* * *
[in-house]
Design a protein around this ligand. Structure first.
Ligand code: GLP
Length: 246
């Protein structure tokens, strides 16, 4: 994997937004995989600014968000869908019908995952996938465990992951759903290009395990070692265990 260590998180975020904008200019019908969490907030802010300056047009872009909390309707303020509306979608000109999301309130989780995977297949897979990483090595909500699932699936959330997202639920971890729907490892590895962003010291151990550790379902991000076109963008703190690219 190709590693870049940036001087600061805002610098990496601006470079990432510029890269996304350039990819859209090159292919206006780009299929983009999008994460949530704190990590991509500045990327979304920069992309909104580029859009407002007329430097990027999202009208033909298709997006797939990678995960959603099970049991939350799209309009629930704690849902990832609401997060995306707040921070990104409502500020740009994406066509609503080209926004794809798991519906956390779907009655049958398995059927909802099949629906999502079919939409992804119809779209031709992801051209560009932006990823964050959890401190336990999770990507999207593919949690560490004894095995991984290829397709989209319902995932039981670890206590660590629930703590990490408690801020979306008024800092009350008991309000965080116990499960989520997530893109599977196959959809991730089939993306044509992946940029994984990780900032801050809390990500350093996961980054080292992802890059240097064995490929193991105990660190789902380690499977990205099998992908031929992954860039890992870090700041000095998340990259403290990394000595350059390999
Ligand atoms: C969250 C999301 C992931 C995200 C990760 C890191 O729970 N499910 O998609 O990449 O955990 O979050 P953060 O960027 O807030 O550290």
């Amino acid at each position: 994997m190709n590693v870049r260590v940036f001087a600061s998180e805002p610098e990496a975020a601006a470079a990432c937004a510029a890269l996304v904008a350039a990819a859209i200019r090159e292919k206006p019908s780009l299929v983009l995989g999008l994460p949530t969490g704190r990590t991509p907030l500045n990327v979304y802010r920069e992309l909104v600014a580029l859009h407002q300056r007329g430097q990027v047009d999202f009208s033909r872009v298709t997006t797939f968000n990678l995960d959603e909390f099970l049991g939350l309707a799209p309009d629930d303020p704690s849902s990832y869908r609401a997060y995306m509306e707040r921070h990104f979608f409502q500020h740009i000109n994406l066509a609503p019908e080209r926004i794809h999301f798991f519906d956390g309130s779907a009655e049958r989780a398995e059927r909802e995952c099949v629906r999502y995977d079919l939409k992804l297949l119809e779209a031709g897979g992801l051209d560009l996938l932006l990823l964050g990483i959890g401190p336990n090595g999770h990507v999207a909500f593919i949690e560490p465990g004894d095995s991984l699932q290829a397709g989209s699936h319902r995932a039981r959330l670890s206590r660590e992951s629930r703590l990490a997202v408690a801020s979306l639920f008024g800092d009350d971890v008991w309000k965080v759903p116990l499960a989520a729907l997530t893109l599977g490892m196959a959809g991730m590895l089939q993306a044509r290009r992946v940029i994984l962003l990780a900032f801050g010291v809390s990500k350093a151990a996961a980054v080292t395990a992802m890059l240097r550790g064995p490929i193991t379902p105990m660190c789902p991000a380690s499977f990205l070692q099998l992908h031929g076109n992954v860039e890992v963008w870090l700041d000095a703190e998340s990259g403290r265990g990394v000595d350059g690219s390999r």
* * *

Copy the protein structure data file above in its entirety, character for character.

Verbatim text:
[in-house]
Design a protein around this ligand. Structure first.
Ligand code: GLP
Length: 246
């Protein structure tokens, strides 16, 4: 994997937004995989600014968000869908019908995952996938465990992951759903290009395990070692265990 260590998180975020904008200019019908969490907030802010300056047009872009909390309707303020509306979608000109999301309130989780995977297949897979990483090595909500699932699936959330997202639920971890729907490892590895962003010291151990550790379902991000076109963008703190690219 190709590693870049940036001087600061805002610098990496601006470079990432510029890269996304350039990819859209090159292919206006780009299929983009999008994460949530704190990590991509500045990327979304920069992309909104580029859009407002007329430097990027999202009208033909298709997006797939990678995960959603099970049991939350799209309009629930704690849902990832609401997060995306707040921070990104409502500020740009994406066509609503080209926004794809798991519906956390779907009655049958398995059927909802099949629906999502079919939409992804119809779209031709992801051209560009932006990823964050959890401190336990999770990507999207593919949690560490004894095995991984290829397709989209319902995932039981670890206590660590629930703590990490408690801020979306008024800092009350008991309000965080116990499960989520997530893109599977196959959809991730089939993306044509992946940029994984990780900032801050809390990500350093996961980054080292992802890059240097064995490929193991105990660190789902380690499977990205099998992908031929992954860039890992870090700041000095998340990259403290990394000595350059390999
Ligand atoms: C969250 C999301 C992931 C995200 C990760 C890191 O729970 N499910 O998609 O990449 O955990 O979050 P953060 O960027 O807030 O550290």
């Amino acid at each position: 994997m190709n590693v870049r260590v940036f001087a600061s998180e805002p610098e990496a975020a601006a470079a990432c937004a510029a890269l996304v904008a350039a990819a859209i200019r090159e292919k206006p019908s780009l299929v983009l995989g999008l994460p949530t969490g704190r990590t991509p907030l500045n990327v979304y802010r920069e992309l909104v600014a580029l859009h407002q300056r007329g430097q990027v047009d999202f009208s033909r872009v298709t997006t797939f968000n990678l995960d959603e909390f099970l049991g939350l309707a799209p309009d629930d303020p704690s849902s990832y869908r609401a997060y995306m509306e707040r921070h990104f979608f409502q500020h740009i000109n994406l066509a609503p019908e080209r926004i794809h999301f798991f519906d956390g309130s779907a009655e049958r989780a398995e059927r909802e995952c099949v629906r999502y995977d079919l939409k992804l297949l119809e779209a031709g897979g992801l051209d560009l996938l932006l990823l964050g990483i959890g401190p336990n090595g999770h990507v999207a909500f593919i949690e560490p465990g004894d095995s991984l699932q290829a397709g989209s699936h319902r995932a039981r959330l670890s206590r660590e992951s629930r703590l990490a997202v408690a801020s979306l639920f008024g800092d009350d971890v008991w309000k965080v759903p116990l499960a989520a729907l997530t893109l599977g490892m196959a959809g991730m590895l089939q993306a044509r290009r992946v940029i994984l962003l990780a900032f801050g010291v809390s990500k350093a151990a996961a980054v080292t395990a992802m890059l240097r550790g064995p490929i193991t379902p105990m660190c789902p991000a380690s499977f990205l070692q099998l992908h031929g076109n992954v860039e890992v963008w870090l700041d000095a703190e998340s990259g403290r265990g990394v000595d350059g690219s390999r």